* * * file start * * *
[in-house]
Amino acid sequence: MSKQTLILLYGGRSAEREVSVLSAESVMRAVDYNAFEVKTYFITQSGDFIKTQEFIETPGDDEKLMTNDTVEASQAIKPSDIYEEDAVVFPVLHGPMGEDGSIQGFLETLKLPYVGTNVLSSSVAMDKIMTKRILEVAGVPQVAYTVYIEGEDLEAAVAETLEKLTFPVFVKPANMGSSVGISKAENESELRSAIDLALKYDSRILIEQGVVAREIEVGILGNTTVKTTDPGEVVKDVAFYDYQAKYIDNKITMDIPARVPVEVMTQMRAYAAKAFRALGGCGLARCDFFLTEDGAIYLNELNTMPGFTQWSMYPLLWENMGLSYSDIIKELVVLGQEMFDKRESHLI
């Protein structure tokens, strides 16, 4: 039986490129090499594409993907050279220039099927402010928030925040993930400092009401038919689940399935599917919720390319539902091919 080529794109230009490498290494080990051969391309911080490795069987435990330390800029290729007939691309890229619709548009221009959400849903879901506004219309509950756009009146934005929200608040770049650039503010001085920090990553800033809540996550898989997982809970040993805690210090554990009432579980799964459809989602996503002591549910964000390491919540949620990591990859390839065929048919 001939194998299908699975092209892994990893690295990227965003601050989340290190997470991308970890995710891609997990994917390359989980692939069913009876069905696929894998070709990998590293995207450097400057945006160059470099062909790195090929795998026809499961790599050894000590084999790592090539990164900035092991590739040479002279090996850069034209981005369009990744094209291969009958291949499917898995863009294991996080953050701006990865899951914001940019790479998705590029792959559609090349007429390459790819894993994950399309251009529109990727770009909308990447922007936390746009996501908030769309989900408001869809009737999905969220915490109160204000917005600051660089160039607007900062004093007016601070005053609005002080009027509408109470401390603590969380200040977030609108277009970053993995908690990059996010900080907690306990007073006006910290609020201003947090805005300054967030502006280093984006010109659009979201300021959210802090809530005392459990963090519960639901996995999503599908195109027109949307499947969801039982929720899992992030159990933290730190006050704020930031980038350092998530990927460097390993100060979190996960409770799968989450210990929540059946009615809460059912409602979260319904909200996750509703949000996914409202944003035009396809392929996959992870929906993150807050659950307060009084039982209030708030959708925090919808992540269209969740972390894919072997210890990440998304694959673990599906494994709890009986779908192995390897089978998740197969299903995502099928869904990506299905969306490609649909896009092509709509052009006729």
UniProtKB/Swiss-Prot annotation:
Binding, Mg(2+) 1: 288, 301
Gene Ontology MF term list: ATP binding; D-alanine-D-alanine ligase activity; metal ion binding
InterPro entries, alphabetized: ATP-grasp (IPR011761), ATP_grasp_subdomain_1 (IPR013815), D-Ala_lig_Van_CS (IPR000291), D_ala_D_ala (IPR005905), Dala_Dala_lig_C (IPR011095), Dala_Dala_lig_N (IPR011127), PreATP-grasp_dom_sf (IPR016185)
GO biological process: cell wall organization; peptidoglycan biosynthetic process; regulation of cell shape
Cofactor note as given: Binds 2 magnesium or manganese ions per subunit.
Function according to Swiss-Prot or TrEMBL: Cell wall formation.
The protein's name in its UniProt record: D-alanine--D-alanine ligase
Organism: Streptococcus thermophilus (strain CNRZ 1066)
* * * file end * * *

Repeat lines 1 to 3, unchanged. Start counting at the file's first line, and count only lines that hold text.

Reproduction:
[in-house]
Amino acid sequence: MSKQTLILLYGGRSAEREVSVLSAESVMRAVDYNAFEVKTYFITQSGDFIKTQEFIETPGDDEKLMTNDTVEASQAIKPSDIYEEDAVVFPVLHGPMGEDGSIQGFLETLKLPYVGTNVLSSSVAMDKIMTKRILEVAGVPQVAYTVYIEGEDLEAAVAETLEKLTFPVFVKPANMGSSVGISKAENESELRSAIDLALKYDSRILIEQGVVAREIEVGILGNTTVKTTDPGEVVKDVAFYDYQAKYIDNKITMDIPARVPVEVMTQMRAYAAKAFRALGGCGLARCDFFLTEDGAIYLNELNTMPGFTQWSMYPLLWENMGLSYSDIIKELVVLGQEMFDKRESHLI
């Protein structure tokens, strides 16, 4: 039986490129090499594409993907050279220039099927402010928030925040993930400092009401038919689940399935599917919720390319539902091919 080529794109230009490498290494080990051969391309911080490795069987435990330390800029290729007939691309890229619709548009221009959400849903879901506004219309509950756009009146934005929200608040770049650039503010001085920090990553800033809540996550898989997982809970040993805690210090554990009432579980799964459809989602996503002591549910964000390491919540949620990591990859390839065929048919 001939194998299908699975092209892994990893690295990227965003601050989340290190997470991308970890995710891609997990994917390359989980692939069913009876069905696929894998070709990998590293995207450097400057945006160059470099062909790195090929795998026809499961790599050894000590084999790592090539990164900035092991590739040479002279090996850069034209981005369009990744094209291969009958291949499917898995863009294991996080953050701006990865899951914001940019790479998705590029792959559609090349007429390459790819894993994950399309251009529109990727770009909308990447922007936390746009996501908030769309989900408001869809009737999905969220915490109160204000917005600051660089160039607007900062004093007016601070005053609005002080009027509408109470401390603590969380200040977030609108277009970053993995908690990059996010900080907690306990007073006006910290609020201003947090805005300054967030502006280093984006010109659009979201300021959210802090809530005392459990963090519960639901996995999503599908195109027109949307499947969801039982929720899992992030159990933290730190006050704020930031980038350092998530990927460097390993100060979190996960409770799968989450210990929540059946009615809460059912409602979260319904909200996750509703949000996914409202944003035009396809392929996959992870929906993150807050659950307060009084039982209030708030959708925090919808992540269209969740972390894919072997210890990440998304694959673990599906494994709890009986779908192995390897089978998740197969299903995502099928869904990506299905969306490609649909896009092509709509052009006729």